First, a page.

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This Is What Happened When Christian Groups Tried To Shut Down Korea Pride

A few thousand protesters tried to drown out tens of thousands of participants in a pride parade in the South Korean capital — and failed to kill the party.

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SEOUL — Tens of thousands of people marched through the South Korean capital in an LGBT pride festival on Sunday, despite attempts by Christian groups to shut it down.

The atmosphere was defiantly jubilant at the parade, the culmination of the three-week long Korean Queer Culture Festival.

Christian groups have been running a campaign for weeks to try to block the parade. In May, they camped out for a week in front of the police station where parade organizers had to apply for a permit and filed a competing request to hold an event in the same place. Police initially responded by canceling the parade citing the conflicting permit applications, but a court ruled on June 17 that the parade had to be allowed.

The Seoul police deployed thousands of officers to keep order between the queer festival — which began in a large grassy plaza in front of city hall — and eight counter protests that entirely surrounded the area. Here's what happened.

The largest of the the counter-protests was organized by a coalition including some of Korea's largest Christian church associations, which joined together as the Korean Churches Anti-LGBT Response Committee.

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The group held a worship service across the street from the Queer Festival, blasting hymns, prayers, and sermons so loudly that at times it overwhelmed the festival's sound system. The organizers had predicted that 30,000 people would participate in the service, but the actual number appeared to number around 2,000.

"Our prayers will open the sky and the homosexuals will fall, we will be blessed with victory," said Lee Young-hoon, head of the leading organization in the anti-LGBT coalition.

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Lee, who is pastor of the Yoido Full Gospel megachurch in Seoul, heads the Christian Council of Korea, which claims to represent 60,000 churches with 12 million members.

They handed out visors that said, "Oppose homosexual provocation."

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The sign on their laps from the Korea Presbyterian Assembly says, "We pray for korea not to be diseased/sick with homosexuality."


Many protesters held this sign as an example of the "homosexual provocation" they opposed.

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A participant in last year's pride parade wearing a jock strap mooned the protesters. Now he's featured on a poster addressed to the Seoul mayor that reads, ""Mayor Park Won-soon, please protect our young children. Parents oppose the queerfest at Seoul Plaza!!"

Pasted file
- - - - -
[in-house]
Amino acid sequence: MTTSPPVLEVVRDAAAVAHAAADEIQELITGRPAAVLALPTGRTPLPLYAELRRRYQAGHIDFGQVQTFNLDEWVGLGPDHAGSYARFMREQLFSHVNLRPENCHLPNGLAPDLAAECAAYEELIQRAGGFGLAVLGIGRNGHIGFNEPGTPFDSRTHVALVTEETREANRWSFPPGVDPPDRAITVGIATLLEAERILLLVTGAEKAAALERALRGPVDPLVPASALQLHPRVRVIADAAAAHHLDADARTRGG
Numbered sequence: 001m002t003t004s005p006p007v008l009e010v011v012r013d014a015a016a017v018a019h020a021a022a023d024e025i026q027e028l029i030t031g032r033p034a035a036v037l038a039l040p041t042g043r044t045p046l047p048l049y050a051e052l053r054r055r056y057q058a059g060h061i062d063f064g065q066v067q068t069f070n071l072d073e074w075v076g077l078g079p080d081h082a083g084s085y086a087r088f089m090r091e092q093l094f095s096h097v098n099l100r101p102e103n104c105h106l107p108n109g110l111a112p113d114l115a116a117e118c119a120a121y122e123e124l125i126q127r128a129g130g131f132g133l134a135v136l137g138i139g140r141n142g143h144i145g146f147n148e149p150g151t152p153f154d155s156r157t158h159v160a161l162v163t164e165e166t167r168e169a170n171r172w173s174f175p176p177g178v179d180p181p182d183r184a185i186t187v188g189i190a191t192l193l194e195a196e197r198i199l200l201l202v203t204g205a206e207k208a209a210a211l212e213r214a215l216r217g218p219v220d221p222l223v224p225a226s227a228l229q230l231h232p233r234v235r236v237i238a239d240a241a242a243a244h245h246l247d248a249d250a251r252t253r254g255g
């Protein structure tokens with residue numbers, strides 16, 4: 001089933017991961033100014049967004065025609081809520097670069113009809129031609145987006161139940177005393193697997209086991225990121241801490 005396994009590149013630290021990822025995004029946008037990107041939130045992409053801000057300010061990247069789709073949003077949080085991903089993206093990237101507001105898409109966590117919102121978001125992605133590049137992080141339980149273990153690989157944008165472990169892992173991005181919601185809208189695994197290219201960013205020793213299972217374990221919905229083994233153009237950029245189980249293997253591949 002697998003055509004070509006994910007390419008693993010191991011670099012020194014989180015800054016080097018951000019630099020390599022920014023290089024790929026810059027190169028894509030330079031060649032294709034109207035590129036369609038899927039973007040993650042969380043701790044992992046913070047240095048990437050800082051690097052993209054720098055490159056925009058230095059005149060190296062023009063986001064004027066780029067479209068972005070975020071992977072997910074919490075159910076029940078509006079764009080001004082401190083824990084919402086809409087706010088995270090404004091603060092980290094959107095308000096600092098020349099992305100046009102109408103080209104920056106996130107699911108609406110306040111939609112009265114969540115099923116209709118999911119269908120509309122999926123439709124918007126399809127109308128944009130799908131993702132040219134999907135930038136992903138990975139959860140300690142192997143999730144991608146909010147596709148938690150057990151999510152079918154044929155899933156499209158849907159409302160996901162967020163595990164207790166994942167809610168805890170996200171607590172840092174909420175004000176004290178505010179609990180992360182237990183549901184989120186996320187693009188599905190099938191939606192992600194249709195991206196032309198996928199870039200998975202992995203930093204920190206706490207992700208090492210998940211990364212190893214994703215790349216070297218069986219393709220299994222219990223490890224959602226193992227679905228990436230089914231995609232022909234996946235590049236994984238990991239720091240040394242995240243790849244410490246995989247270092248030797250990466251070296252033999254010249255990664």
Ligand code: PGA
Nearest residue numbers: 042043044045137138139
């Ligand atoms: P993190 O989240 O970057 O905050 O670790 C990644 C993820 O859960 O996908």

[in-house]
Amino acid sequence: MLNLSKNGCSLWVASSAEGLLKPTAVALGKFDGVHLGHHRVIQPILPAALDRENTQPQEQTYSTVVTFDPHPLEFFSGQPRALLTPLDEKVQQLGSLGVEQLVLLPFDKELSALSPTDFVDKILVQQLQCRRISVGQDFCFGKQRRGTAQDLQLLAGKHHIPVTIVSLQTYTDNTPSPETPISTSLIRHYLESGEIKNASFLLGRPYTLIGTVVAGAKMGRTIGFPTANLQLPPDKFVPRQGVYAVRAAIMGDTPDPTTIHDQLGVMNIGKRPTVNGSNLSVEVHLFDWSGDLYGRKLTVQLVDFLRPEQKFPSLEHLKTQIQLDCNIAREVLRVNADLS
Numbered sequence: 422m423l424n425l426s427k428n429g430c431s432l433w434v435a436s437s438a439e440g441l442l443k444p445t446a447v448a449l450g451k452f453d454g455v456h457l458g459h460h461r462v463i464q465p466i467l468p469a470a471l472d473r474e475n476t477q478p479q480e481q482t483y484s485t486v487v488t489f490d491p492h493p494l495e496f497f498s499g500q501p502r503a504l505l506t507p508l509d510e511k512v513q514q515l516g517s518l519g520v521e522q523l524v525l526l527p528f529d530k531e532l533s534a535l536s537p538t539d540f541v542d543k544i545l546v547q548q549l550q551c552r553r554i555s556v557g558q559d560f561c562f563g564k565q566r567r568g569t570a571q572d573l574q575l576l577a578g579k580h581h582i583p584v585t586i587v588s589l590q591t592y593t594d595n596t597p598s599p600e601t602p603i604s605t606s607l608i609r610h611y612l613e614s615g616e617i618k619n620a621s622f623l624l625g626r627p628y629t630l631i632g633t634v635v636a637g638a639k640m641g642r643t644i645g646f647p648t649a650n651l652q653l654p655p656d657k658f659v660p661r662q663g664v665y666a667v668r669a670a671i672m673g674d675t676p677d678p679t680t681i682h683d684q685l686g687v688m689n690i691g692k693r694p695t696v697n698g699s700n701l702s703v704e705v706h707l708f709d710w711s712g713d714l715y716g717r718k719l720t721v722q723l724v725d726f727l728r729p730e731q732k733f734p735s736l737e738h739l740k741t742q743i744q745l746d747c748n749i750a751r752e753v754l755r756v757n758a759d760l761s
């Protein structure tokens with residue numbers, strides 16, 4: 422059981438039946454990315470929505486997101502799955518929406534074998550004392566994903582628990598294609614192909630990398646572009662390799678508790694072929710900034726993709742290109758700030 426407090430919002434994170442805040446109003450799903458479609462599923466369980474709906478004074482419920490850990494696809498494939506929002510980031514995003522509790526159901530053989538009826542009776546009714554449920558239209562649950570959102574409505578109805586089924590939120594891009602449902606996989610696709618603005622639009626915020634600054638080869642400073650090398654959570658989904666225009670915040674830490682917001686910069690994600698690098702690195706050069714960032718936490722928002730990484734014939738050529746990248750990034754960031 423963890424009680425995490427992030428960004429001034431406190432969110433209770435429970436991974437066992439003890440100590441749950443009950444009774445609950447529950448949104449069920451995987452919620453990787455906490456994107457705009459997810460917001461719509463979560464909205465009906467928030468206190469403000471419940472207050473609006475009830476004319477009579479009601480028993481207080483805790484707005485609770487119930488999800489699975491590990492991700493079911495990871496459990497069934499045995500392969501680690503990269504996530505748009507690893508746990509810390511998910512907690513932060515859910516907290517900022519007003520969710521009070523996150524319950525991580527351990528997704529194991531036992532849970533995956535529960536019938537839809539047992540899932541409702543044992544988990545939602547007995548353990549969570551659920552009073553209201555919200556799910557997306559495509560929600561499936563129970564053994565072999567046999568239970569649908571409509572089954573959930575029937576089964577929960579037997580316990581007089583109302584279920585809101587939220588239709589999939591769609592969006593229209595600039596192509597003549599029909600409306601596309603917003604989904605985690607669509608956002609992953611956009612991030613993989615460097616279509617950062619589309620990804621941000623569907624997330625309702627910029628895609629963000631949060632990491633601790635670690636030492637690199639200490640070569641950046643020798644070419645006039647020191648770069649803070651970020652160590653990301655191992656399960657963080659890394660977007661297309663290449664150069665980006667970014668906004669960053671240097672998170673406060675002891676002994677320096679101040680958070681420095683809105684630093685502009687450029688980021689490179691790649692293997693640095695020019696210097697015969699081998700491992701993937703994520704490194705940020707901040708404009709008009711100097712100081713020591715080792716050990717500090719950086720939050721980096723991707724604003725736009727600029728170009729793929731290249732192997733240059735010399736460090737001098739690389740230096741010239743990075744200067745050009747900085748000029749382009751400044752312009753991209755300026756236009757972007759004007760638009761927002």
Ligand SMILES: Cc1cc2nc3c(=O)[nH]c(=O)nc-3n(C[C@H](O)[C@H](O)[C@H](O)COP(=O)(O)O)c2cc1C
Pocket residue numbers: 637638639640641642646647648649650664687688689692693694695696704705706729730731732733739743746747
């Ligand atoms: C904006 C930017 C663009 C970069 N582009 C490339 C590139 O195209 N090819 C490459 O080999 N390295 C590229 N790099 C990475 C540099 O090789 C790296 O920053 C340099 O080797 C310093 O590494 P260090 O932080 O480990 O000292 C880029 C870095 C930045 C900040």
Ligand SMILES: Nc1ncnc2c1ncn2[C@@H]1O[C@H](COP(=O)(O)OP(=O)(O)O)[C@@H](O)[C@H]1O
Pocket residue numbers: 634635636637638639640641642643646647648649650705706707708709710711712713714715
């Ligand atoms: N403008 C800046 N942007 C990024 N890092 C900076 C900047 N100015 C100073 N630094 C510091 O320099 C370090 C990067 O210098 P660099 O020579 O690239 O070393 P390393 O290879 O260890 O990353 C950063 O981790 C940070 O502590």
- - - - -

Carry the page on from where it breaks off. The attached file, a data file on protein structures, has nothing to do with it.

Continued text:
The prayer service also featured this "power worship dance."

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This guy was there dressed as a Native American.

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"Jesus, heaven; no faith, hell" his sign said. It's not clear why he was dressed this way, but he got applause when he walked in front of the stage.

The Korean Association of Holiness Church protested with the arts.

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These drummers are wearing traditional dresses called hanbok and are flanked by people waving the South Korean flag.

"National values were fashioned on purity and justice, which is why this chaos will go against our roots and bring confusion to the people," said Baek Chang-gi, who was dressed in the costumes of the scholar class who helped governed Korea until the late 19th century. "Homosexuality is hurting our manpower; our nation is doomed."


They also performed ballet.

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"These girls symbolize God's angels," Pastor Byun Byeong-tak told BuzzFeed News. "They are here to show what real beauty and purity is."

Many of the protesters wore masks marked with a black X.

Jihye Lee/BuzzFeed

They were wearing masks out of fear of MERS, a respiratory illness that's having an outbreak in Seoul. Protesters gave various explanations for the X — one man said it meant no to same-sex marriage, another said it was meant to signify silent protest to homosexuality.

This woman holds a sign reading, "Same sex marriage is not a human right (EU Human Rights Court)."


Some queer festival participants confronted the protesters, like this guy dressed as Jesus fisting a cut-out.

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The guy next to him holds a sign that says, "Anal sex is a human right. It feels good."

Several Western embassies had booths at the festival, and the U.S. brought Barack and Michelle Obama.

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They were only there in cardboard form, but Ambassador Mark Lippert dropped by.

Parade organizers had worried that the protesters might try to block the parade — last year several laid down in the street in front of the floats. A few tried, but they were immediately removed and the parade went off without any major incidents.

J. Lester Feder is a world correspondent for BuzzFeed News and is based in Washington, DC. His secure PGP fingerprint is 2353 DB68 8AA6 92BD 67B8 94DF 37D8 0A6F D70B 7211

Contact J. Lester Feder at

Jihye Lee is a freelance journalist based in Seoul, South Korea.

Contact Jihye Lee at

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